Wednesday, November 12, 2008

Catching Up

I've been away for awhile. My book manuscript States without Nations: Citizenship for Mortals is now with the copy editors at Columbia University Press. I've been catching up with some other loose ends but am now happy to be back with much more to report, some good news and some awful.

The first good news: The Ninth Circuit Court in California ruled on November 10, 2008 that ICE may not detain people who have non-frivolous claims to US citizenship. The decision Flores v. Mukasey (November 10, 2008)reverses earlier holdings denying habeas review of Herbert Flores-Torres's detention. The Court wrote:
"The government's authority to detain Torres appears to depend on the question of whether he was legitimated by his father under El Salvadoran law. The district court is the appropriate forum to resolve such a claim. We hold that Torres does not have to wait until his removal proceedings are completed and a final removal order is issued before he can secure habeas review of his citizenship claim andof his contention that he may not be detained under the INA."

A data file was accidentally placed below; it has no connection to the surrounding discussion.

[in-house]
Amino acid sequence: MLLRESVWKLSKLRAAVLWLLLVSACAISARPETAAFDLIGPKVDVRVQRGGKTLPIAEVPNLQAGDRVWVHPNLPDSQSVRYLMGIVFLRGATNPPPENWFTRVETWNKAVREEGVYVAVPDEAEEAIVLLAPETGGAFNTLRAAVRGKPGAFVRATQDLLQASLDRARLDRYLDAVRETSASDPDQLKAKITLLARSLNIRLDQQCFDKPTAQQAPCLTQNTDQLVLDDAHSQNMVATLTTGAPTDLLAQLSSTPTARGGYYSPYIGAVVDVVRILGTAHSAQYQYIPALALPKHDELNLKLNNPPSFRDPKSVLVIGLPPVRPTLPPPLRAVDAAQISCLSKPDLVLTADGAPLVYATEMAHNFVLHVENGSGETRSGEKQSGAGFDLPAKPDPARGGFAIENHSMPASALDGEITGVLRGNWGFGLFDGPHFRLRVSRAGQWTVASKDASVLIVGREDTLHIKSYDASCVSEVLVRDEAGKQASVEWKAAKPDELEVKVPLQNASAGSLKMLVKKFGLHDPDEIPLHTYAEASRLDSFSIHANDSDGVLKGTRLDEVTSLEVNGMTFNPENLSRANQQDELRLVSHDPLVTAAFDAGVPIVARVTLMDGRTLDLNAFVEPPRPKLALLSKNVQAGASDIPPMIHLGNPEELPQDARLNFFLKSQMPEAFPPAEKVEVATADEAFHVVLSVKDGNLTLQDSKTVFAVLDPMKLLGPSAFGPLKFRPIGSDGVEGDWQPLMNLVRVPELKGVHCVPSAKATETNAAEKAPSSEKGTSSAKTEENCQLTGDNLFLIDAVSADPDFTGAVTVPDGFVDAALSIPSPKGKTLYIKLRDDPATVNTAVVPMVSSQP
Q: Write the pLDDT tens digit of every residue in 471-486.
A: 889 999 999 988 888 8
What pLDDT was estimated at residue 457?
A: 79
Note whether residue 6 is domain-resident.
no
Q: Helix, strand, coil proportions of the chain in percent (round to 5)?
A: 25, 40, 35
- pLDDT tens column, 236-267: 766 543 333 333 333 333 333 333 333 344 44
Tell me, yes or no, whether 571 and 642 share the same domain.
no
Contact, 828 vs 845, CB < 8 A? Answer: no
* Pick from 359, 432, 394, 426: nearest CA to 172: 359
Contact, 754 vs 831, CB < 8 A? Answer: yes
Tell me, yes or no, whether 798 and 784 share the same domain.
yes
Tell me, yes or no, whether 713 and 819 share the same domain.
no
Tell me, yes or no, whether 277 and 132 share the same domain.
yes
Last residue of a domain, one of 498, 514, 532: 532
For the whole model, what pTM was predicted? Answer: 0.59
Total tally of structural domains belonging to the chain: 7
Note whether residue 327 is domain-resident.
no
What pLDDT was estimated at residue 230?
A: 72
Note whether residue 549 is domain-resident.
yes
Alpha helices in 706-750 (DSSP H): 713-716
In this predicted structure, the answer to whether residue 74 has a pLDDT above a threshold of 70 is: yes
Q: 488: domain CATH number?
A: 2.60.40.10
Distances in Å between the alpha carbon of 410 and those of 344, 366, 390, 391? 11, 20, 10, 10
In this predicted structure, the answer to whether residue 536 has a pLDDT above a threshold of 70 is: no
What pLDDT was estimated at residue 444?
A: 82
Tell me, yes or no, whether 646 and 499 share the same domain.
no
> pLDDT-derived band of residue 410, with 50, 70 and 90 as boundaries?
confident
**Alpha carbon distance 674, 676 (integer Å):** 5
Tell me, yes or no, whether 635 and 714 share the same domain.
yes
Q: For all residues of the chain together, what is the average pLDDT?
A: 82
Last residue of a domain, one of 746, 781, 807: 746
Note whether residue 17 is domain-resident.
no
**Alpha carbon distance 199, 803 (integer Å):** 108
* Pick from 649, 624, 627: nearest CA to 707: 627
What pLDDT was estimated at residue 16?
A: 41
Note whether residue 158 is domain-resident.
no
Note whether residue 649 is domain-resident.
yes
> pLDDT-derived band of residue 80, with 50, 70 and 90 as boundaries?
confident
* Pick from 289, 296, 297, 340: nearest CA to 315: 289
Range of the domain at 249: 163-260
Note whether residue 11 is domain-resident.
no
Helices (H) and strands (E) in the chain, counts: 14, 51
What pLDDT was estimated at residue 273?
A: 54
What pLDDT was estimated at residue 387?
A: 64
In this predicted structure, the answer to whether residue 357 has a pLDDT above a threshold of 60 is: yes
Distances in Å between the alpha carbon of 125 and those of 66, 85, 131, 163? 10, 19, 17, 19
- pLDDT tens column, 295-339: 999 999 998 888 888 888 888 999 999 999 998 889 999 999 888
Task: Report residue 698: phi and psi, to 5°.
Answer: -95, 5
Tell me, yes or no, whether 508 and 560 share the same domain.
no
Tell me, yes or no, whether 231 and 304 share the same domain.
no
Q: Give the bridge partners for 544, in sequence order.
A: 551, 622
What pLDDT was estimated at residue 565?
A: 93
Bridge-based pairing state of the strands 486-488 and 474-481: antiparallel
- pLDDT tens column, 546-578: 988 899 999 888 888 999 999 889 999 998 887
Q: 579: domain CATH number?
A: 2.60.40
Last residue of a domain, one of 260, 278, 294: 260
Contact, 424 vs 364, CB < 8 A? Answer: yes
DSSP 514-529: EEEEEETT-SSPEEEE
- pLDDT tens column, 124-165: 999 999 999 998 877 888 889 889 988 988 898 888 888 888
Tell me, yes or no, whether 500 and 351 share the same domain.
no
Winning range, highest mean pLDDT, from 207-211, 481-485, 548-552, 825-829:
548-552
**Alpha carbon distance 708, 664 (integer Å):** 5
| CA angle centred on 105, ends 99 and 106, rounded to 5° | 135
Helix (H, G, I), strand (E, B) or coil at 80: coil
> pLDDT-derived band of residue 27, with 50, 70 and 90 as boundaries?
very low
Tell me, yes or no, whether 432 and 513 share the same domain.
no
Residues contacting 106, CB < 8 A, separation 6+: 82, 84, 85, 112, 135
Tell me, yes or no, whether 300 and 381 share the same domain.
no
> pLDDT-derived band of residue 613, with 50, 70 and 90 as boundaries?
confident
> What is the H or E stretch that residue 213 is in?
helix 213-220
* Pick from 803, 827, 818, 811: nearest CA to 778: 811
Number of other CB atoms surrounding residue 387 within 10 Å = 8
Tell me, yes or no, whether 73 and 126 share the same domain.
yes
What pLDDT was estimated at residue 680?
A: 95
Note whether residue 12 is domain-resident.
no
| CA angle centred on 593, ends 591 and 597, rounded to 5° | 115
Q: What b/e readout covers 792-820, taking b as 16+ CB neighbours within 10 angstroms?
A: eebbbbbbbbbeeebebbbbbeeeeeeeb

In other words, the law says that ICE does not have jurisdiction over US citizens and ICE has to stop holding people who have non-frivolous claims to US citizenship.
Before this decision, people who were born outside of the US had to endure detention while their appeals were winding their way through the immigration review process.

As I've reported in The Nation, this was a ludicrous approach for the simple reason that US citizens are not the right targets of an immigration review: they're CITIZENS. It's great to see the 9th Circuit Court also take this position, and will be even better if the DHS attorneys and immigration judges adhere to it.

Congratulations to Holly Cooper, Supervising Attorney at UC Davis Immigration Law Clinic, for her work on this.

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